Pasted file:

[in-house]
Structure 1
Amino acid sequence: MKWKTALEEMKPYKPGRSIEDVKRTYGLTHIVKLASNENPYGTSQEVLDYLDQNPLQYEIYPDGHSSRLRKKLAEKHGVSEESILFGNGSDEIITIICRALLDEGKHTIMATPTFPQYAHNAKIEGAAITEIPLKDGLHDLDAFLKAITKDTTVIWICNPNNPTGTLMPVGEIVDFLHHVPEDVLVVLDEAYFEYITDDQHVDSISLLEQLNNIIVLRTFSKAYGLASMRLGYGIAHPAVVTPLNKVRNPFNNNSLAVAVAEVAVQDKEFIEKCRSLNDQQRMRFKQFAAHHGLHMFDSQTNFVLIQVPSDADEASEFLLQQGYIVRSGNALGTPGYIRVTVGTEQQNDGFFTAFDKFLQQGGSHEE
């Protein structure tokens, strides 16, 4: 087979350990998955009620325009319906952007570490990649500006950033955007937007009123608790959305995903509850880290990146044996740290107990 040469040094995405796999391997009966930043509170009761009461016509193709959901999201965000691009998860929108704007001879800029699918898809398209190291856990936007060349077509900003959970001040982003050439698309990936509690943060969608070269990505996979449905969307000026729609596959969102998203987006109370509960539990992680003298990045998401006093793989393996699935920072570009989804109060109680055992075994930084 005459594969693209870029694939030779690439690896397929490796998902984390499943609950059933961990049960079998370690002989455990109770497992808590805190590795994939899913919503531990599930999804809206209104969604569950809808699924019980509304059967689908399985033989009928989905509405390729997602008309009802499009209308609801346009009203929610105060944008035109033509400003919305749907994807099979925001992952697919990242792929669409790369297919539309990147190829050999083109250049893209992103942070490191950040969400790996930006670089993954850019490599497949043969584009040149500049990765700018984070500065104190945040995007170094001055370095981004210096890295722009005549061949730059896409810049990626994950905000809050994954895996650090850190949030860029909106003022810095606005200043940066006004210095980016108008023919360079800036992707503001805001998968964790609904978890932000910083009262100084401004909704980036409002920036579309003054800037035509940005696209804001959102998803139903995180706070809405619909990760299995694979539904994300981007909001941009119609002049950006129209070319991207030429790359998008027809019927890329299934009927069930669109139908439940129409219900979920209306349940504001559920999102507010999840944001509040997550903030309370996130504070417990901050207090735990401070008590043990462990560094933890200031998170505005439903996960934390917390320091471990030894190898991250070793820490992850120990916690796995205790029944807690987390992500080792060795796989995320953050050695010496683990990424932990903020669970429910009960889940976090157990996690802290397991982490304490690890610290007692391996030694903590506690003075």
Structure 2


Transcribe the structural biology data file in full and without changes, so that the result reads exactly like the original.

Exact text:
[in-house]
Structure 1
Amino acid sequence: MKWKTALEEMKPYKPGRSIEDVKRTYGLTHIVKLASNENPYGTSQEVLDYLDQNPLQYEIYPDGHSSRLRKKLAEKHGVSEESILFGNGSDEIITIICRALLDEGKHTIMATPTFPQYAHNAKIEGAAITEIPLKDGLHDLDAFLKAITKDTTVIWICNPNNPTGTLMPVGEIVDFLHHVPEDVLVVLDEAYFEYITDDQHVDSISLLEQLNNIIVLRTFSKAYGLASMRLGYGIAHPAVVTPLNKVRNPFNNNSLAVAVAEVAVQDKEFIEKCRSLNDQQRMRFKQFAAHHGLHMFDSQTNFVLIQVPSDADEASEFLLQQGYIVRSGNALGTPGYIRVTVGTEQQNDGFFTAFDKFLQQGGSHEE
């Protein structure tokens, strides 16, 4: 087979350990998955009620325009319906952007570490990649500006950033955007937007009123608790959305995903509850880290990146044996740290107990 040469040094995405796999391997009966930043509170009761009461016509193709959901999201965000691009998860929108704007001879800029699918898809398209190291856990936007060349077509900003959970001040982003050439698309990936509690943060969608070269990505996979449905969307000026729609596959969102998203987006109370509960539990992680003298990045998401006093793989393996699935920072570009989804109060109680055992075994930084 005459594969693209870029694939030779690439690896397929490796998902984390499943609950059933961990049960079998370690002989455990109770497992808590805190590795994939899913919503531990599930999804809206209104969604569950809808699924019980509304059967689908399985033989009928989905509405390729997602008309009802499009209308609801346009009203929610105060944008035109033509400003919305749907994807099979925001992952697919990242792929669409790369297919539309990147190829050999083109250049893209992103942070490191950040969400790996930006670089993954850019490599497949043969584009040149500049990765700018984070500065104190945040995007170094001055370095981004210096890295722009005549061949730059896409810049990626994950905000809050994954895996650090850190949030860029909106003022810095606005200043940066006004210095980016108008023919360079800036992707503001805001998968964790609904978890932000910083009262100084401004909704980036409002920036579309003054800037035509940005696209804001959102998803139903995180706070809405619909990760299995694979539904994300981007909001941009119609002049950006129209070319991207030429790359998008027809019927890329299934009927069930669109139908439940129409219900979920209306349940504001559920999102507010999840944001509040997550903030309370996130504070417990901050207090735990401070008590043990462990560094933890200031998170505005439903996960934390917390320091471990030894190898991250070793820490992850120990916690796995205790029944807690987390992500080792060795796989995320953050050695010496683990990424932990903020669970429910009960889940976090157990996690802290397991982490304490690890610290007692391996030694903590506690003075």
Structure 2